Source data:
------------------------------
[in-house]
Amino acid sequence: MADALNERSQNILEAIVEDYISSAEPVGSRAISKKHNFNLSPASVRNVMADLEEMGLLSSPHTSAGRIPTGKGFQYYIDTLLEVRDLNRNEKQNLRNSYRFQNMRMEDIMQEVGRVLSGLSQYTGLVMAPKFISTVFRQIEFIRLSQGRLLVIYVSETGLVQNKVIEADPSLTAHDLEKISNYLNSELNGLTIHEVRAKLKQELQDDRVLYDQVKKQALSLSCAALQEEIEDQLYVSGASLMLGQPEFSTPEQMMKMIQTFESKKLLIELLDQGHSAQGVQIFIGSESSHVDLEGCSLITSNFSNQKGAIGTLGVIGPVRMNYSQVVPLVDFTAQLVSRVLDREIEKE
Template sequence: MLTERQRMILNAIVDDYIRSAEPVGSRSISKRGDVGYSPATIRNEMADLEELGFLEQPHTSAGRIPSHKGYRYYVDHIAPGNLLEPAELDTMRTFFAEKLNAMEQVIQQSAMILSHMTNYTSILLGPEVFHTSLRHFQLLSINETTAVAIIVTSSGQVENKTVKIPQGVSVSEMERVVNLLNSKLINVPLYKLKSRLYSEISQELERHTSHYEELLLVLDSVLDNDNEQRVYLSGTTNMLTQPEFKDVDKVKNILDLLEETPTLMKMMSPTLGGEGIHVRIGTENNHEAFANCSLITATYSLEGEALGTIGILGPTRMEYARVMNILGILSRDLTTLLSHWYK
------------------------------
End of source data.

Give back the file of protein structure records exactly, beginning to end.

[in-house]
Amino acid sequence: MADALNERSQNILEAIVEDYISSAEPVGSRAISKKHNFNLSPASVRNVMADLEEMGLLSSPHTSAGRIPTGKGFQYYIDTLLEVRDLNRNEKQNLRNSYRFQNMRMEDIMQEVGRVLSGLSQYTGLVMAPKFISTVFRQIEFIRLSQGRLLVIYVSETGLVQNKVIEADPSLTAHDLEKISNYLNSELNGLTIHEVRAKLKQELQDDRVLYDQVKKQALSLSCAALQEEIEDQLYVSGASLMLGQPEFSTPEQMMKMIQTFESKKLLIELLDQGHSAQGVQIFIGSESSHVDLEGCSLITSNFSNQKGAIGTLGVIGPVRMNYSQVVPLVDFTAQLVSRVLDREIEKE
Template sequence: MLTERQRMILNAIVDDYIRSAEPVGSRSISKRGDVGYSPATIRNEMADLEELGFLEQPHTSAGRIPSHKGYRYYVDHIAPGNLLEPAELDTMRTFFAEKLNAMEQVIQQSAMILSHMTNYTSILLGPEVFHTSLRHFQLLSINETTAVAIIVTSSGQVENKTVKIPQGVSVSEMERVVNLLNSKLINVPLYKLKSRLYSEISQELERHTSHYEELLLVLDSVLDNDNEQRVYLSGTTNMLTQPEFKDVDKVKNILDLLEETPTLMKMMSPTLGGEGIHVRIGTENNHEAFANCSLITATYSLEGEALGTIGILGPTRMEYARVMNILGILSRDLTTLLSHWYK